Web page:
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The H3O/Art of Life Blog

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Honor Thy Fathers: An African-Centered Perspective

Updated: Jun 15, 2021

By Dr. Gloria J. Latimore-Peace

Presented by Omni-University

"It takes a village to raise a child" African Proverb

Whenever I begin to address matters of major significance, I am reminded of the people on that level who have already laid the groundwork. Among the many who come to mind are Ancestors Dr. Margaret T.G.Burroughs, Priest Dr. Jacob H. Carruthers, and Dr. Elkin T. Sithole. By raising the fundamental question: "What Shall I Tell My Children Who Are Black?...", Dr. Burroughs has commanded us to do likewise, i.e., to ask ourselves, what is the truth that our children need to know?

The answer to that question has been provided by Mzee Jedi Shemsu Jehewty Carruthers, who has given us a profound definition of truth. He asserted that: "Truth" is the knowledge we need." It is essential that we "drink deeply... from the fountain of [our] black culture... sit at the knee of and learn from Mother Africa, "Thus, forearmed ourselves, we are prepared to "arm them with the truth"... that has been so often obscured and omitted"- weapons that will make -and keep- us free. [1]

In order to "honor our fathers" from an African-centered perspective, we must first clarify who our fathers are. This does not mean that we intend to sign up for any of those for-profit talk shows and submit to the paternity "tests" that are based on calculations of our DNA. For when it comes to fatherhood as conceived by our African forebears, DNA stands for Does Not Apply. Superfluous measures such as these have no utility in an African context because we already knew- without a doubt- who our fathers are.

Non- African assessments of the African terms of kinship- whether they be of "father", "mother", or any other family member- are out of order. According to L.S.B. Leakey, human life originated on the African continent. Africans were the world's first people - and therefore- the world's first parents and teachers. Having had the time, the opportunity, and the experience to develop sustainable family institutions, the last thing African people need is the imposition of outside "authority(ies)".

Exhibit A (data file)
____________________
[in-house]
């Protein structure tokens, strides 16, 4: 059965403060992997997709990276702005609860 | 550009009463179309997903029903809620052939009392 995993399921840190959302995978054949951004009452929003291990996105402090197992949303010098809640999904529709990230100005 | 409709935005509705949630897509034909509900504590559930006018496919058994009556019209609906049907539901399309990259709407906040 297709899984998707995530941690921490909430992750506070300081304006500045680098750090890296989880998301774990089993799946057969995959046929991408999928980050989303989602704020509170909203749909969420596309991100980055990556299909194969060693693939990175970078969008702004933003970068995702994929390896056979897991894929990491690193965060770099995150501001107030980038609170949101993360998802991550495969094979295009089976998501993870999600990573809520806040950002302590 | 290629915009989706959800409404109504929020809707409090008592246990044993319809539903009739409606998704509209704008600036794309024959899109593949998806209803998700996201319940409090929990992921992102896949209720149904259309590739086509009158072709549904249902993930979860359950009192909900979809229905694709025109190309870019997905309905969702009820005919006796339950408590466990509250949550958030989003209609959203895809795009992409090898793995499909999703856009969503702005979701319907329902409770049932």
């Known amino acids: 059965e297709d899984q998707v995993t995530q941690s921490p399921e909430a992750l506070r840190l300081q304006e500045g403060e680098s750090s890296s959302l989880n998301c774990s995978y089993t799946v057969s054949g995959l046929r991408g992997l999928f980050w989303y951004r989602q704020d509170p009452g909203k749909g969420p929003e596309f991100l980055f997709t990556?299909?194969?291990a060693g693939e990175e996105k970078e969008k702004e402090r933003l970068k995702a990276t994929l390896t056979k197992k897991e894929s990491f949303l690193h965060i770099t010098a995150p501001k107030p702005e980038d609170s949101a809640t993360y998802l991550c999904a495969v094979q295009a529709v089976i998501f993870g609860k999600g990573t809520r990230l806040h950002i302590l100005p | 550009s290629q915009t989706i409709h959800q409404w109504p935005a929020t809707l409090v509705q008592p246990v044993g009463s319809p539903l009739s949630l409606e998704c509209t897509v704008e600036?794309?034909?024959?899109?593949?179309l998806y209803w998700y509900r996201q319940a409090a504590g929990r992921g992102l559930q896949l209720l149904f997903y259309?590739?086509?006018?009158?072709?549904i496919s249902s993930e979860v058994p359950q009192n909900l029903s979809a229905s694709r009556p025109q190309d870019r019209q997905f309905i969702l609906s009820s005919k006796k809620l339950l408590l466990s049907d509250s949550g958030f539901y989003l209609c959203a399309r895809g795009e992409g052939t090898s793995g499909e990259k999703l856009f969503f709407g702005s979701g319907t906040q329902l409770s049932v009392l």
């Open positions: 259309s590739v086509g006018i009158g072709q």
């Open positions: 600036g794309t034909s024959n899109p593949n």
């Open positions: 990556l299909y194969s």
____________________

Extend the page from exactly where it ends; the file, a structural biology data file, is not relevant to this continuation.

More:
In a previous H3O Art of Life Blog, "Know Thy Mothers: Know Thyself", it was my privilege to recount lessons taught by Dr. Elkin T. Sithole, my former Professor and, later, a colleague at Northeastern Illinois University's [Carruthers] Center for Inner City Studies. According to Dr.Sithole, who is a member of the Zulu kinship group of South Africa, the Zulu family organization, is composed not only male fathers (baba(s) but, also of male mothers(malume(s) together with female mothers (Mama(s) and female fathers (babakazi(s).

Each Baba and Babakazi serves as father- not only to their own biological children- but also to the children of their siblings. In their capacity as mothers- Mamas and Malumes-, their primary function is to nurture. As fathers-Babas and Babakazis- their principal responsibility is to discipline, i.e., to teach the young the way of life of the kinship group by being, living, and doing "the way." By precept and example, the young are taught, among other things:

  • The Source of their being;

  • The human ancestors from whom they are descend;

  • Who they are in relationship to other members of the kinship group as well as to their neighbors in the community-at-large;

  • What their respective roles are in the life of the community;

  • The nature of the custodial relationship of their community to their environment -their land and all of the components thereof, i.e., the animal, plant, and mineral life, etc…

Undergirding, interwoven, and inextricably bound to the Way of life i.e. the culture of the kinship group, are the values that inform the Way. This knowledge is vital to the well-being of the entire family/community which is composed of the Living, the Dead, and the Yet-Unborn. This "curriculum" is taught to all of the children by all of the adults who regard themselves as mothers and fathers. Pseudonyms such as: a "childless" couple, "step-" "foster-" or "absentee"- father have no place in an African-centered lexicon. They are as unthinkable as an "only"-, "outside" or "orphaned" child.

All of the children are secure in the knowledge of who they are and whose they are, as well. It is an Ancient African adage that:" Children are the reward of Life" They are the conduits through which succeeding generations come into being. Hence, every adult member of the kinship group has a stake in the care and discipline and, thereby, the preservation of the young.